Many people in Montana equate brain injuries with serious car and motorcycle accidents or sports injuries, but falls are another common cause. Hitting the head can result in a variety of symptoms, depending on the type of fall and location and impact to the head.
According to the Alzheimer's Association, seniors are especially susceptible to falls. In fact, about 56,000 older adults land in the hospital every year, and around 8,000 die due to head and brain injuries. An even higher number live with a disability related to a brain injury. These disabilities may relate to emotional issues, reduced physical function capacities or cognitive changes. Due to the long-term effects, there is an increased awareness around fall prevention. Some of the recommendations for seniors include:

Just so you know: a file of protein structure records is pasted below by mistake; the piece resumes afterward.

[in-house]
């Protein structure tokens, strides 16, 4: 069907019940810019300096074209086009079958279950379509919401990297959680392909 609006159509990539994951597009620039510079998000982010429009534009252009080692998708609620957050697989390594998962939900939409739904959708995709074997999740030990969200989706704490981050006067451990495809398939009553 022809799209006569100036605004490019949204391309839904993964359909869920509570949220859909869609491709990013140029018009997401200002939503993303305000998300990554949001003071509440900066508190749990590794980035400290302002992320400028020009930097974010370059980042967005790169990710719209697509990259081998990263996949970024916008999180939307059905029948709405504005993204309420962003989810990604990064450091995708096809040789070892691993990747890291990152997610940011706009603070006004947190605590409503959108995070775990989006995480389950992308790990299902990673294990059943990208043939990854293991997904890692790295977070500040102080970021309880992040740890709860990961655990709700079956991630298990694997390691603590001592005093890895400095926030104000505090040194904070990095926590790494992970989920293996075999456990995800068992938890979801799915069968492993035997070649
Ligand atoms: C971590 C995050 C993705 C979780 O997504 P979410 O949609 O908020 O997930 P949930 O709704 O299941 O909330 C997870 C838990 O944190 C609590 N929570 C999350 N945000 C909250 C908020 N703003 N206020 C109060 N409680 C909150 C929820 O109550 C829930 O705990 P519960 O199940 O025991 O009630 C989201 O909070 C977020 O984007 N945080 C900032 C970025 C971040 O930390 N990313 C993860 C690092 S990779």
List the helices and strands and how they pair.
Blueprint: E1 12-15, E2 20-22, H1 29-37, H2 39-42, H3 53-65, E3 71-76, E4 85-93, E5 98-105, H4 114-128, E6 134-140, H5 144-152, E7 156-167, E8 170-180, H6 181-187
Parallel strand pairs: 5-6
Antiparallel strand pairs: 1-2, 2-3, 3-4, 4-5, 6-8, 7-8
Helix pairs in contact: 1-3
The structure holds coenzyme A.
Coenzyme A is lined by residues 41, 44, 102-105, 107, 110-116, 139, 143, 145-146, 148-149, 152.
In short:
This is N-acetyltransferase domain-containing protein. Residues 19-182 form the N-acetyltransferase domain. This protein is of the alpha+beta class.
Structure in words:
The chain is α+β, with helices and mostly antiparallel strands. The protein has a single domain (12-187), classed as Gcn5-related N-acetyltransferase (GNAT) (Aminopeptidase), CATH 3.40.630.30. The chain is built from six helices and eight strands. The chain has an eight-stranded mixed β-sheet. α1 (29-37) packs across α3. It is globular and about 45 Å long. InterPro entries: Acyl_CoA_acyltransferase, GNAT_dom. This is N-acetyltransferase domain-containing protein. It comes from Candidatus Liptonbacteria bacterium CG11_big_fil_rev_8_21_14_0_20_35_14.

- Regular vision checks and appropriate corrections
- Using an assistive device such as a cane or walker
- Being aware of hazards, such as poor lighting, clutter and rug edges, in the home
- Being aware of medication interactions and side effects
The Mayo Clinic reports that not all brain injuries are the same, as they can vary from mild to severe. Examples of mild injury include headache, loss of balance, light sensitivity and mood changes. Signs of moderate and severe brain injuries include loss of coordination, coma, slurred speech, profound confusion and weakness in toes and/or fingers.
A mild brain injury may recede over time, but moderate and severe injuries usually have long-term effects. A complete cure usually is not available, and comprehensive rehabilitation is often necessary after a fall.